Get ready, here come higher prices for clothes

For shoppers who have come to expect steadily declining clothing and footwear prices, a return to higher inflation will come as a shock

(AP Photo/Mark Lennihan)

(AP Photo/Mark Lennihan)

Nothing raises the ire of Canadians quite like the lower prices American shoppers enjoy on the same products south of the border. From cars and coffee makers to shirts and shoes, Canadians have long complained they’re getting gouged. Such sentiment is at the heart of the populist chest-thumping the Harper government has directed against retailers and their suppliers of late.

But here’s a fact often lost in all the gouge-rage: When it comes to clothing and footwear, Canadians might pay more than Americans do today, but they’re paying a lot less than Canadians did a decade ago.

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On average, women’s clothing is roughly 15 per cent cheaper than it was in 2004. Across the board, prices are down. Children’s footwear is the only exception, yet even in that category, prices have failed to keep pace with the overall increase in consumer prices, as measured by the core inflation rate, which the Bank of Canada uses to gauge the underlying inflation trend in the economy.

There are a number of reasons why clothing prices have dropped. Cheap imports from the likes of China and other emerging economies is one. That enabled the rise of discount retailers like Joe Fresh, the clothing arm of Loblaws, and others, which strive to offer stylish fashions at rock-bottom prices (in some cases, with horrific consequences.) The high value of the loonie through much of the last decade also made it cheaper for retailers to import finished goods as well as raw materials.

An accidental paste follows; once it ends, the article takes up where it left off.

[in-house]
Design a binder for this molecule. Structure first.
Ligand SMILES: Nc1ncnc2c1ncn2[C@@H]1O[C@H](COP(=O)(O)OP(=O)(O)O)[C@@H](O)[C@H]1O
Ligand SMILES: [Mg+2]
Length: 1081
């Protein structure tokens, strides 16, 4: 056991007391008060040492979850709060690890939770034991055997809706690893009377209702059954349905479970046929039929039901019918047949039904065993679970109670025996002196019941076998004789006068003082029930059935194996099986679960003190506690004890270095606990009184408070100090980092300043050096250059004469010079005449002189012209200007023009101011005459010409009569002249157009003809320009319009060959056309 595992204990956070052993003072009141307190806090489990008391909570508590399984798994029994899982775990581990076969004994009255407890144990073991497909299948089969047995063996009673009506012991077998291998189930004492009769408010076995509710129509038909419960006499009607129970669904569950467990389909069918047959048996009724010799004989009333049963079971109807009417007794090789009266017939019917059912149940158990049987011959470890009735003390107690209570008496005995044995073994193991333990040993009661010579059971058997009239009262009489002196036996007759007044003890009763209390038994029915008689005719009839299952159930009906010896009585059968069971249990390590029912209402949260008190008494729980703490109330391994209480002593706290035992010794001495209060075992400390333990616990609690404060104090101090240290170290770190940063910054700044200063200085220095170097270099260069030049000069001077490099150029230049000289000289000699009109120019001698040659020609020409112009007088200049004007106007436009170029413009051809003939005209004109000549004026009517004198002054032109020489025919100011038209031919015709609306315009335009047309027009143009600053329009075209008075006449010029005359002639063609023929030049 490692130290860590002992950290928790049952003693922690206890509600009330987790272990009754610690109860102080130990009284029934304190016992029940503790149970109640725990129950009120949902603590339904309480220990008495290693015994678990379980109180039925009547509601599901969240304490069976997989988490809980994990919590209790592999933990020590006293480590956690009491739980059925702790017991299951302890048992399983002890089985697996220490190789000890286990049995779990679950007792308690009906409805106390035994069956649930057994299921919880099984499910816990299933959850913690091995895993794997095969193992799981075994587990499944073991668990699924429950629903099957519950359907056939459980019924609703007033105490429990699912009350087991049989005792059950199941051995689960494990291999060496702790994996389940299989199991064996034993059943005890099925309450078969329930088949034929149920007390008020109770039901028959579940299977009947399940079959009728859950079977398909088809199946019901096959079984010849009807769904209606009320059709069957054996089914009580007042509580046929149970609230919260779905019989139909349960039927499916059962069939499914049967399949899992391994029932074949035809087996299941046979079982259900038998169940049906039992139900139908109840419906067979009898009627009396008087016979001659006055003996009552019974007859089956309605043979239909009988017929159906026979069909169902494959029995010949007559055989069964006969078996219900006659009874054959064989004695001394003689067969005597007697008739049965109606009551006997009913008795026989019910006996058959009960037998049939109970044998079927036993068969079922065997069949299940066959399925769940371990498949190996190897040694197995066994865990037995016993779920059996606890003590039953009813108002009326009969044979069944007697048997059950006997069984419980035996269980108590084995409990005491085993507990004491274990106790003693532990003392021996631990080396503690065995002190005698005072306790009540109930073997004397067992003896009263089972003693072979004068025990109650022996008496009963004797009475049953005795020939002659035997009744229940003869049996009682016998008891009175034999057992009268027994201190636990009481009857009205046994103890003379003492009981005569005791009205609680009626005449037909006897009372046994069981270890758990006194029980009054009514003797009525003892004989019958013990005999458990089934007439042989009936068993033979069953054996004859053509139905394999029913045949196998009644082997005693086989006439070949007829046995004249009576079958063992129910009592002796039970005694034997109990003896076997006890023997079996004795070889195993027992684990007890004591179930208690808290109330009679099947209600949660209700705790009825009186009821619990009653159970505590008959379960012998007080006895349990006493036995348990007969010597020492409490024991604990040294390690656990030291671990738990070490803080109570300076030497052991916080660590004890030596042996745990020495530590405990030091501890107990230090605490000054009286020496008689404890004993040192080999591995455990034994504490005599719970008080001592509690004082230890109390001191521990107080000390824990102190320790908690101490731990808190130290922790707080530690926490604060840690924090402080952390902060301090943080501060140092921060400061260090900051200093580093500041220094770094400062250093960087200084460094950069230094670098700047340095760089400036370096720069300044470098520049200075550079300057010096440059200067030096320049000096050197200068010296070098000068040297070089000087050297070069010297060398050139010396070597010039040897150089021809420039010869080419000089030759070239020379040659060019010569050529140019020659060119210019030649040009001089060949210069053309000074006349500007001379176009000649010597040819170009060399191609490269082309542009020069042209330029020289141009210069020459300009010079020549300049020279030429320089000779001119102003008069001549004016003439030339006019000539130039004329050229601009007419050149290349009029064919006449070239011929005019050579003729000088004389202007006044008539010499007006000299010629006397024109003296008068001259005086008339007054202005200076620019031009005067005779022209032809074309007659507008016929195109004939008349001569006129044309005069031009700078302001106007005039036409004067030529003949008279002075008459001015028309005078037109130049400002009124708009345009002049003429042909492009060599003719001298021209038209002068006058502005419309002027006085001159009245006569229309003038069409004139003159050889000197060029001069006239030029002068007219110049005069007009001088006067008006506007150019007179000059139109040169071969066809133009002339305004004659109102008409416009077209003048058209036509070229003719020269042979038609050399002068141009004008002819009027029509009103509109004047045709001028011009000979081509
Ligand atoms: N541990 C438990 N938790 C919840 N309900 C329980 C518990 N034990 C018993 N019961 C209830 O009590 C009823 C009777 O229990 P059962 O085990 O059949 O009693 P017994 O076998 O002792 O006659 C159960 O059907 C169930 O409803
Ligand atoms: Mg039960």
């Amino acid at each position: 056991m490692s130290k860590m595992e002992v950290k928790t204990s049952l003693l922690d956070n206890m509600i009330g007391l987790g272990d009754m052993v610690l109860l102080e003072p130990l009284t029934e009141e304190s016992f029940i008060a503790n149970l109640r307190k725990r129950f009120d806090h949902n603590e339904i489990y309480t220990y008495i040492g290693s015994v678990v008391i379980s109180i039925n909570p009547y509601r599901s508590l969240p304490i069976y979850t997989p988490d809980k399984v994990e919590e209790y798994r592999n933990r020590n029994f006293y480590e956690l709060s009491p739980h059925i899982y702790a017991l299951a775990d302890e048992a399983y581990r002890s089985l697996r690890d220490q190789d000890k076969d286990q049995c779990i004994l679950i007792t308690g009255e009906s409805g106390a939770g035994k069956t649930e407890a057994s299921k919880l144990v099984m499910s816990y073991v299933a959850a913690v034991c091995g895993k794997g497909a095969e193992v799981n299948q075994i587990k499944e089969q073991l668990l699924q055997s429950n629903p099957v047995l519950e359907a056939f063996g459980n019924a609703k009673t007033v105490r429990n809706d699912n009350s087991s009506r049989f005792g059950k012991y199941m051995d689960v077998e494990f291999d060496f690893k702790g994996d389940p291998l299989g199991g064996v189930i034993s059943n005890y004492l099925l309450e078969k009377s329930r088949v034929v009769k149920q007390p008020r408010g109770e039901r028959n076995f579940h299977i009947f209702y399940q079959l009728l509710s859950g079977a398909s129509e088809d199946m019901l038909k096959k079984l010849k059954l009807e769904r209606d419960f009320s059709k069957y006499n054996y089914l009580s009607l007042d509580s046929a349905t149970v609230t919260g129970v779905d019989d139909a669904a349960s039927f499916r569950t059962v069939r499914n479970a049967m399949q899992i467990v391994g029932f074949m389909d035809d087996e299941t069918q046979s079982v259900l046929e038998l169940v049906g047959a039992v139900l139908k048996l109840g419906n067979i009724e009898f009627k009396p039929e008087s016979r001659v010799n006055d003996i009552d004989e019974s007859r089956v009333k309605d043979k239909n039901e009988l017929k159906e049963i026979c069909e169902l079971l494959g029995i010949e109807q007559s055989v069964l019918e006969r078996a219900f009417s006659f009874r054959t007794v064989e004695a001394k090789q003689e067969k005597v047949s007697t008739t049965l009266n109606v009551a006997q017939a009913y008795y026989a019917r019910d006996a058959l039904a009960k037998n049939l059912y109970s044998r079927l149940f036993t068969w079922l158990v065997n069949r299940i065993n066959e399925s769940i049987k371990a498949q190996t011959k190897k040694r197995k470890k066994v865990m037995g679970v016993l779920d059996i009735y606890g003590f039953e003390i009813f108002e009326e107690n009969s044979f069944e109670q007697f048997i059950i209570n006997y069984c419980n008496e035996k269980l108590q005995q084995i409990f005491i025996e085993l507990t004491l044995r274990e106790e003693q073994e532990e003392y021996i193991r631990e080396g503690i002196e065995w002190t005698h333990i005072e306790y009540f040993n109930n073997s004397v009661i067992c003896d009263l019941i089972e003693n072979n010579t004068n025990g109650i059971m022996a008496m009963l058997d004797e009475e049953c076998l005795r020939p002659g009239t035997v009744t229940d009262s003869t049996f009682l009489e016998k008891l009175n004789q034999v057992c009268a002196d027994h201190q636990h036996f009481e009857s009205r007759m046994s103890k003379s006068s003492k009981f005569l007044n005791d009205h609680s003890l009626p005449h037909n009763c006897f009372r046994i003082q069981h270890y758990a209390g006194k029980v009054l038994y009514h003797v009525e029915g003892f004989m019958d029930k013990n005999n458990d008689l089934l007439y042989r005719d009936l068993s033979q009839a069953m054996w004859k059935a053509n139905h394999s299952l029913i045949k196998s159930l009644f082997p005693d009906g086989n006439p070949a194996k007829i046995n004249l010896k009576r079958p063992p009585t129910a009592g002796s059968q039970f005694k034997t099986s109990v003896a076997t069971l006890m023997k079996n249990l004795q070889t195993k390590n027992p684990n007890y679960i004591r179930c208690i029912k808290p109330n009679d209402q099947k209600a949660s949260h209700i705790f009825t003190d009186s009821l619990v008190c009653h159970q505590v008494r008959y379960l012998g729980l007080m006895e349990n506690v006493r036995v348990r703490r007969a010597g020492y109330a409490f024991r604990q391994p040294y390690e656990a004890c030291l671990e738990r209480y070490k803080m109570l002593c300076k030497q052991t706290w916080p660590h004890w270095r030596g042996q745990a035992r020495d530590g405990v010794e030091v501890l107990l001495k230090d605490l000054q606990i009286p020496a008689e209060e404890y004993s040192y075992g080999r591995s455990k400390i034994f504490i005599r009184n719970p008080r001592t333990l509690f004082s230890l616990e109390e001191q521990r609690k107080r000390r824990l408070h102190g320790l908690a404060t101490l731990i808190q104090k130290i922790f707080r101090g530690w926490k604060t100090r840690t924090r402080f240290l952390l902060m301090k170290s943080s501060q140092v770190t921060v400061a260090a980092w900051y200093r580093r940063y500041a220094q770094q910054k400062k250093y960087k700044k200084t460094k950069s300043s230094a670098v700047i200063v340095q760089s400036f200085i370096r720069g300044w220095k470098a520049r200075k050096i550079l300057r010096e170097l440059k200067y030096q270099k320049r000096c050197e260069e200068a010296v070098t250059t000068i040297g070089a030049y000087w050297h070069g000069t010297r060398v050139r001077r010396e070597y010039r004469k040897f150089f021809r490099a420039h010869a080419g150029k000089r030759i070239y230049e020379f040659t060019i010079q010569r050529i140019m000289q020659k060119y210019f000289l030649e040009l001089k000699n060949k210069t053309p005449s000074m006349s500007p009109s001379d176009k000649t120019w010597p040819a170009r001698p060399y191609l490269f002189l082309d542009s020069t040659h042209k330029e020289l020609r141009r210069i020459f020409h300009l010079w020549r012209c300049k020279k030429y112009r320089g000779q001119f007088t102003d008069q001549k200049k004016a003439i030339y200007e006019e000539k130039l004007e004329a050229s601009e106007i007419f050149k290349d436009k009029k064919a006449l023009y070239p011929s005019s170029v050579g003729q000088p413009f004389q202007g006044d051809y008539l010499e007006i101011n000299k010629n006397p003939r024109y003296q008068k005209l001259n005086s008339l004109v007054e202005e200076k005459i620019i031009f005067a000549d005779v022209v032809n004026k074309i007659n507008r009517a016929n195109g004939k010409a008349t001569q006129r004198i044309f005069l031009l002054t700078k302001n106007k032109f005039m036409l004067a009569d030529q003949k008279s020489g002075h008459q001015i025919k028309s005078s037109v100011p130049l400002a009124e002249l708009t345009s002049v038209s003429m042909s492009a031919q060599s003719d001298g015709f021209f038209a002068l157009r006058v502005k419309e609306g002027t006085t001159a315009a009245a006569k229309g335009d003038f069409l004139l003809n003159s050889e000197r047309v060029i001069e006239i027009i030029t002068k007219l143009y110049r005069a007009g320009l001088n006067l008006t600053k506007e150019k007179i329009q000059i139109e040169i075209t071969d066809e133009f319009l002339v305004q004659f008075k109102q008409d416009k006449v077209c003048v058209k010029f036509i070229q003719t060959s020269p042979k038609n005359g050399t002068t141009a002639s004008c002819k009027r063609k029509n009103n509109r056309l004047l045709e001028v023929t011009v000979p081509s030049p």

But the era of ever-cheaper apparel appears to be ending.

Buried in Statistics Canada’s consumer price report released Friday is a hint that things are about to change. Even though the cost of clothing fell 2.3 per cent in November from the month before, on a year-over-year basis October and November marked the first time in more than 15 years that clothing prices rose faster than Canada’s core CPI rate for two consecutive months. That might not sound like much, but when you look at the six-month trend in the relationship between clothing prices and the core inflation rate, it’s clear we’re at a turning point.


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Just as the Canadian dollar helped keep clothing prices down, the slumping loonie is making it more expensive to import clothes. Stricter safety controls on suppliers after the Bangladesh factory collapse in 2013 may also be leading to tighter margins for discount retailers, just as labourers in China and elsewhere demand higher wages. And while the plunge in the price of oil—a major cost for all manufacturers—might help, it’s unlikely to offset Canada’s weakening currency.

We’re hardly facing runaway inflation here. And the Bank of Canada will likely welcome rising clothing and footwear prices as it grapples with weak inflation. But for shoppers who have come to expect steadily declining clothing prices, a reversal will come as a shock.

UPDATE: This chart includes inflation data up to February 2015